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UPDATE: Pension Fund Sues Moody's Corp Over Subprime Ratings

September 26, 2007: 06:52 PM EST

(Adds Moody's spokesman not having immediate comment in last paragraph.)

By Chad Bray

Of DOW JONES NEWSWIRES

NEW YORK -(Dow Jones)- A pension fund sued Moody's Corp. (MCO) on Wednesday, alleging the credit-ratings agency misrepresented or failed to disclose that it had assigned "excessively high ratings to bonds backed by risky subprime mortgages."

In a lawsuit filed in federal court in Manhattan, the Teamsters Local 282 Pension Trust Fund alleged that the New York company's ratings of bonds backed by subprime mortgages - including bonds packaged as collateralized debt obligations - were materially misleading to investors concerning the quality and relative risk of those investments.

"Moreover, even as a downturn in the housing market caused rising delinquencies of the subprime mortgages underlying such bonds, Moody's maintained its excessively high ratings, rather than downgrade the bonds to reflect the true risk of owning subprime-mortgage-backed debt instruments," the lawsuit says.

On July 11, Moody's announced it was downgrading 399 mortgage-backed securities issued in 2006 and reviewing an additional 32 for downgrades, representing about $5.2 billion of bonds, according to the lawsuit. The company also disclosed it had downgraded 52 bonds issued in 2005, according to the complaint.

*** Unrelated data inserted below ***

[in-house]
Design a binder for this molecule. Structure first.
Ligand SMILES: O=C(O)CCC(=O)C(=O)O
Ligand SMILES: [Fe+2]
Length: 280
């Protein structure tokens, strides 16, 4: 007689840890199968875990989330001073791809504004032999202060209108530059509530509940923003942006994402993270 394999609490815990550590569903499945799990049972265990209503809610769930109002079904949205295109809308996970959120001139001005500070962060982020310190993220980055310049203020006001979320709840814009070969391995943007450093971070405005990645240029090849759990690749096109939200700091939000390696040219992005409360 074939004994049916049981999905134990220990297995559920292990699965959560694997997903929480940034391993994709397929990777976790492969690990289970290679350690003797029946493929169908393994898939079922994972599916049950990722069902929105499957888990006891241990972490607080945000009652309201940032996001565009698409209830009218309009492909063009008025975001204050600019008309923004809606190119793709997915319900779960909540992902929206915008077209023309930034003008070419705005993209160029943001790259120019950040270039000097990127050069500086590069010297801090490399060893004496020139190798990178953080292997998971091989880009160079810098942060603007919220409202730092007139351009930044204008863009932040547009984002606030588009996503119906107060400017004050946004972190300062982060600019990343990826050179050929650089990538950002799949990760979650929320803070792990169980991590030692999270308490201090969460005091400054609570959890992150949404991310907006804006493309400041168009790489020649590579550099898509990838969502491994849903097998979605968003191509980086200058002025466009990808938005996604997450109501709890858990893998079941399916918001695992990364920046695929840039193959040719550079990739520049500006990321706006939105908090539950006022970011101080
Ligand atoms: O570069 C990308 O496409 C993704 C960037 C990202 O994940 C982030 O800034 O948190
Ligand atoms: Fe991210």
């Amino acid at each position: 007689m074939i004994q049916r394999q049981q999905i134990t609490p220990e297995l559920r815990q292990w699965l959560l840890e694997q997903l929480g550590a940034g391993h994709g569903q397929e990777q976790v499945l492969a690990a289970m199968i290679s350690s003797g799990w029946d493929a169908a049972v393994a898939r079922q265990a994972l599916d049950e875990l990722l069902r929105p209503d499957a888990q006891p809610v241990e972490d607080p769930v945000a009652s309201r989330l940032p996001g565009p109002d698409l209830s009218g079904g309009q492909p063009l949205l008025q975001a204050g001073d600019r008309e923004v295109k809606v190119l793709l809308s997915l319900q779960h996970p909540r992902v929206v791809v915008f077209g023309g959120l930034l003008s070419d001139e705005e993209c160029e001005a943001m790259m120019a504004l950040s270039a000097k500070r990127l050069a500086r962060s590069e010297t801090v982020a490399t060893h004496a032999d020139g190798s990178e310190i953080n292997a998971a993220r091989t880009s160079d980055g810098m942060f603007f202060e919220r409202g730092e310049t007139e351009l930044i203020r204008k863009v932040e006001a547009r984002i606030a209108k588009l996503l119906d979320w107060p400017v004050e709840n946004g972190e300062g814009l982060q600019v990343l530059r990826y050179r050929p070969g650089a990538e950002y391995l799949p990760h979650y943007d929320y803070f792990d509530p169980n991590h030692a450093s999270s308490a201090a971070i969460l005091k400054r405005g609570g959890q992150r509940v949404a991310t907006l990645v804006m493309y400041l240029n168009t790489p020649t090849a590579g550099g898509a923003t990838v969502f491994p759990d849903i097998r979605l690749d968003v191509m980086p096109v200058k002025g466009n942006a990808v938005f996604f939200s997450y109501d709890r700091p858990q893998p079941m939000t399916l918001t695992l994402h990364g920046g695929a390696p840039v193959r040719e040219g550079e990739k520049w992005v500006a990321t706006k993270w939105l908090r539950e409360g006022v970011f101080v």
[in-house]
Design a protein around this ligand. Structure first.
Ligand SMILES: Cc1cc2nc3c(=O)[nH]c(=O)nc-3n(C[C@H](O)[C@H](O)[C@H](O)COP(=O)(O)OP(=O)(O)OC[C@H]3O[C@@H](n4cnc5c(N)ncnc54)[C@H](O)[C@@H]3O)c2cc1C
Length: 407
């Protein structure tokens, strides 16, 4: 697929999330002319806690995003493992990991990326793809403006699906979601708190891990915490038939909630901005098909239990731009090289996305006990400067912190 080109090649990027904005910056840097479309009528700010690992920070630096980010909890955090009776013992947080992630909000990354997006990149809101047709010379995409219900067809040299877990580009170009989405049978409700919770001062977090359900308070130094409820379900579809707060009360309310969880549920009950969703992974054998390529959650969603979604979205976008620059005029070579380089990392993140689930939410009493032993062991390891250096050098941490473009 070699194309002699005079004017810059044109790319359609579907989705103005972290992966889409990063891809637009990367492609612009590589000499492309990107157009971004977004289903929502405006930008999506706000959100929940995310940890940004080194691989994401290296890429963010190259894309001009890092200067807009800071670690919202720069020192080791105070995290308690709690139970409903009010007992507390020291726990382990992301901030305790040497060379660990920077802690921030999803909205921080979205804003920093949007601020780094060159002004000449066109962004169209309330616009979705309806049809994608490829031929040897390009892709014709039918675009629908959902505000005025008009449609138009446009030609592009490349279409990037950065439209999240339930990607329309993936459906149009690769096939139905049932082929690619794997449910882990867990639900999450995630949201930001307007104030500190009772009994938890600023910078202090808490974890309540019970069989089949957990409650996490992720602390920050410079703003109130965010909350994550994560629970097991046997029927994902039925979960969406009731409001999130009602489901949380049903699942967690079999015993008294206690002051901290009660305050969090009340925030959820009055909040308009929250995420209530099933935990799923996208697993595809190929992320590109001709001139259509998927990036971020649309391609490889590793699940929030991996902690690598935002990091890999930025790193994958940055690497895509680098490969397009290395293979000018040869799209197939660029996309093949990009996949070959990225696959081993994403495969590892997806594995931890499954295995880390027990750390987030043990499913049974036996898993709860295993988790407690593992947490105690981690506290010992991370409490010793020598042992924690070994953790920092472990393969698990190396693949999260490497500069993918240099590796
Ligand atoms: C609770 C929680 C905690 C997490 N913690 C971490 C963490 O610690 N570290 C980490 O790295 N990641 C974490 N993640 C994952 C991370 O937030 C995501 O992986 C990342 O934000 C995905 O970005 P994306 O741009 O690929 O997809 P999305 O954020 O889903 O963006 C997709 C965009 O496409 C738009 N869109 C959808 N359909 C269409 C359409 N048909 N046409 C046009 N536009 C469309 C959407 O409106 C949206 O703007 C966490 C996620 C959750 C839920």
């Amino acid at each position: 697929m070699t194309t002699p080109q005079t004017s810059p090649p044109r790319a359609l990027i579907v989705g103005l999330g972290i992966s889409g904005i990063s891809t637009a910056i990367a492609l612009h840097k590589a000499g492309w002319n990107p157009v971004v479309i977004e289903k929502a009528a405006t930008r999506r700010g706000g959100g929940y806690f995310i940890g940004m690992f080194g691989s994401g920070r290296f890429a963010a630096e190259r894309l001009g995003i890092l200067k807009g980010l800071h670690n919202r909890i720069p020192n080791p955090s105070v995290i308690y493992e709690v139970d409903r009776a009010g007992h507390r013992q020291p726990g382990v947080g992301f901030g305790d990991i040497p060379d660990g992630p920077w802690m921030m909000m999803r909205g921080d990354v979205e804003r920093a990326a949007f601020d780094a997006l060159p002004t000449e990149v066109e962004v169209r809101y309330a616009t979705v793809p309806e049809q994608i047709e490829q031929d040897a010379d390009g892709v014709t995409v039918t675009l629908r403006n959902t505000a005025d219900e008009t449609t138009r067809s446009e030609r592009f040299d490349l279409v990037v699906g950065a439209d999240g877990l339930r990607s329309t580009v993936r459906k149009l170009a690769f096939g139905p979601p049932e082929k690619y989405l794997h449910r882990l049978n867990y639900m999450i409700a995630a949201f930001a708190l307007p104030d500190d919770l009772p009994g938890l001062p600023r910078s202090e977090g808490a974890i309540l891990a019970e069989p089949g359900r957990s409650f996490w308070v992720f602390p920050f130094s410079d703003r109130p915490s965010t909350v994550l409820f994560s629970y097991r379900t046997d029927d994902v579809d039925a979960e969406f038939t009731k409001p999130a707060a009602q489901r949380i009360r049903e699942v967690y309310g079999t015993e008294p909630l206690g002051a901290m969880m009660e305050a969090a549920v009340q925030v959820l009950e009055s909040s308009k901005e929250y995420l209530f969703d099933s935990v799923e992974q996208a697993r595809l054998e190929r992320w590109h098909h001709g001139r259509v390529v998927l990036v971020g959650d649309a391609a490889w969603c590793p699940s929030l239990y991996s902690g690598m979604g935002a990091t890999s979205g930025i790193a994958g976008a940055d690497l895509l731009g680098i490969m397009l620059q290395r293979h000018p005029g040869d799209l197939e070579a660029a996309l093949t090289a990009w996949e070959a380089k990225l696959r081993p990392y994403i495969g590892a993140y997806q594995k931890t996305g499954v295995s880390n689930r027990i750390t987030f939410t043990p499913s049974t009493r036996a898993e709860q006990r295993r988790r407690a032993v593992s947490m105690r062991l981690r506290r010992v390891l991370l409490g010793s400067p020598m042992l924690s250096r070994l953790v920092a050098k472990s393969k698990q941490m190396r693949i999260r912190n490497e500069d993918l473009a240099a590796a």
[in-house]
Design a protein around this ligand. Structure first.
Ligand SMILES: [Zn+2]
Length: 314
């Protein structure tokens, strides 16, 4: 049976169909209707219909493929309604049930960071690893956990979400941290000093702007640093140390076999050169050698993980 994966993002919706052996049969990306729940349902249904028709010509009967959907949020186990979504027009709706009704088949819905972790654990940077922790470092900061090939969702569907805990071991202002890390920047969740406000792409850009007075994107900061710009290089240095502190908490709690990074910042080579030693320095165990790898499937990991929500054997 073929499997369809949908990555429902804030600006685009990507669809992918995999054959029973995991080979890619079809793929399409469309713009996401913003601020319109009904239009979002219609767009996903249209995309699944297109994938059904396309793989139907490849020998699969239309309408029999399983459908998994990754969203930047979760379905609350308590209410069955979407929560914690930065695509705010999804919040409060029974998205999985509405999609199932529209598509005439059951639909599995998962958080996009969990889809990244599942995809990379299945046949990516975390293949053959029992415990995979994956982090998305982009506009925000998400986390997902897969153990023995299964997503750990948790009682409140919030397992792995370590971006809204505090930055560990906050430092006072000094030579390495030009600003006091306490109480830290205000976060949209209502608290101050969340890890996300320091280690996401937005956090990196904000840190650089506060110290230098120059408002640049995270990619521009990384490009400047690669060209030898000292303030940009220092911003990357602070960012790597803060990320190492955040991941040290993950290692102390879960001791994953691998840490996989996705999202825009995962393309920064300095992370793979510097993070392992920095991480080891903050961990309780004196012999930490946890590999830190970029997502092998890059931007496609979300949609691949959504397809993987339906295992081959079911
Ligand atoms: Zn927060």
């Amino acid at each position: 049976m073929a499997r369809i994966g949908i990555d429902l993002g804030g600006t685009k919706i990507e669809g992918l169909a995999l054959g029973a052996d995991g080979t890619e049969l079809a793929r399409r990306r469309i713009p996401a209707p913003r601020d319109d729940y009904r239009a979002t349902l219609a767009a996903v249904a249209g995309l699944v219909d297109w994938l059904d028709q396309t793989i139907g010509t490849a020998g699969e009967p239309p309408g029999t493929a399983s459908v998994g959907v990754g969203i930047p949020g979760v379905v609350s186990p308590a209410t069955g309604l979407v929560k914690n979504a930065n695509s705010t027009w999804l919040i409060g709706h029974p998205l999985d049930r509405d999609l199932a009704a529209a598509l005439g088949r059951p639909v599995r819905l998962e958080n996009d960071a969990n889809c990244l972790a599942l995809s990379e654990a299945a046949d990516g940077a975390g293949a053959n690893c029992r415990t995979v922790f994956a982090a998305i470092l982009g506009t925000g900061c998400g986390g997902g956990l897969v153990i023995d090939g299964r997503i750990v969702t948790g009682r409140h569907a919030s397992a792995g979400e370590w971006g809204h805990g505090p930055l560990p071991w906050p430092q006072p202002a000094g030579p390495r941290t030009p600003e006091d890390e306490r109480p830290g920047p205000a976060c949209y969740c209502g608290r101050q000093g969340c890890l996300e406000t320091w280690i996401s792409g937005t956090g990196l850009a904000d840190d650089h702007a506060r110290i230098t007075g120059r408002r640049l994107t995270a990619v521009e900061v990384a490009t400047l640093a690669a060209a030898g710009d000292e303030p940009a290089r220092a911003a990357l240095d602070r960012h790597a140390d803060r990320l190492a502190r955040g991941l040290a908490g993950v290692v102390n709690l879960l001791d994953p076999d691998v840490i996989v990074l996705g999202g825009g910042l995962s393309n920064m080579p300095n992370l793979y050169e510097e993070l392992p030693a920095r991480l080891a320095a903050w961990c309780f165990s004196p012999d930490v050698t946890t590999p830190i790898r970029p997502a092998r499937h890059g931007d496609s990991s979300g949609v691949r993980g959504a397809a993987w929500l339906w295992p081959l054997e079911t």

Moody's stock price traded below $45 a share in August following the disclosures - down from trading above $60 a share in July and $70 a share in June, according to the lawsuit. Shares of Moody's closed up $1.32, or 2.9%, at $ 47.39 on Wednesday.

The lawsuit is seeking class-action status for all purchasers of Moody's shares from Oct. 25, 2006, to July 10, 2007.

Linda S. Huber, the company's chief financial officer, also is named as a defendant in the case.

Earlier Wednesday, Securities and Exchange Commission Chairman Christopher Cox told a Senate committee that the regulator was probing whether credit-rating agencies, including Moody's and McGraw-Hill Cos.' (MHP) Standard & Poor's unit, followed proper procedures in rating mortgage-backed securities.

A Moody's spokesman didn't immediately have a comment when reached late Wednesday.

-By Chad Bray, Dow Jones Newswires; 212-227-2017; chad.bray@dowjones.com

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